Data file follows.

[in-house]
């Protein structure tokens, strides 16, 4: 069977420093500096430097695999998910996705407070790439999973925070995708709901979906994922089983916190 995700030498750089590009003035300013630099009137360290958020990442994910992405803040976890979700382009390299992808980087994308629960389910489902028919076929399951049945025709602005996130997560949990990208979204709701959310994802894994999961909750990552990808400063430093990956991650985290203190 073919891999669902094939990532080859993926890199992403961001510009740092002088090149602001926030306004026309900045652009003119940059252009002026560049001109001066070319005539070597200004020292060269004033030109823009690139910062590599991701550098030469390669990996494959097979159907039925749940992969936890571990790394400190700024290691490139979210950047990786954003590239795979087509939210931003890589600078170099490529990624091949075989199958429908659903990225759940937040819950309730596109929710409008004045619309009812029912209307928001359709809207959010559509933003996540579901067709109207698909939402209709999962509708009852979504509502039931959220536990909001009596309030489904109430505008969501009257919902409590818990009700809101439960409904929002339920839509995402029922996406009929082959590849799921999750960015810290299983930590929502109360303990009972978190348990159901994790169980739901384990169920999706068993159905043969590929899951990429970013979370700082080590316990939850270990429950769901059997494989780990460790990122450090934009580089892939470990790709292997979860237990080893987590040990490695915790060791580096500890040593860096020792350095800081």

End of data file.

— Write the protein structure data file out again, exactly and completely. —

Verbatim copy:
[in-house]
């Protein structure tokens, strides 16, 4: 069977420093500096430097695999998910996705407070790439999973925070995708709901979906994922089983916190 995700030498750089590009003035300013630099009137360290958020990442994910992405803040976890979700382009390299992808980087994308629960389910489902028919076929399951049945025709602005996130997560949990990208979204709701959310994802894994999961909750990552990808400063430093990956991650985290203190 073919891999669902094939990532080859993926890199992403961001510009740092002088090149602001926030306004026309900045652009003119940059252009002026560049001109001066070319005539070597200004020292060269004033030109823009690139910062590599991701550098030469390669990996494959097979159907039925749940992969936890571990790394400190700024290691490139979210950047990786954003590239795979087509939210931003890589600078170099490529990624091949075989199958429908659903990225759940937040819950309730596109929710409008004045619309009812029912209307928001359709809207959010559509933003996540579901067709109207698909939402209709999962509708009852979504509502039931959220536990909001009596309030489904109430505008969501009257919902409590818990009700809101439960409904929002339920839509995402029922996406009929082959590849799921999750960015810290299983930590929502109360303990009972978190348990159901994790169980739901384990169920999706068993159905043969590929899951990429970013979370700082080590316990939850270990429950769901059997494989780990460790990122450090934009580089892939470990790709292997979860237990080893987590040990490695915790060791580096500890040593860096020792350095800081």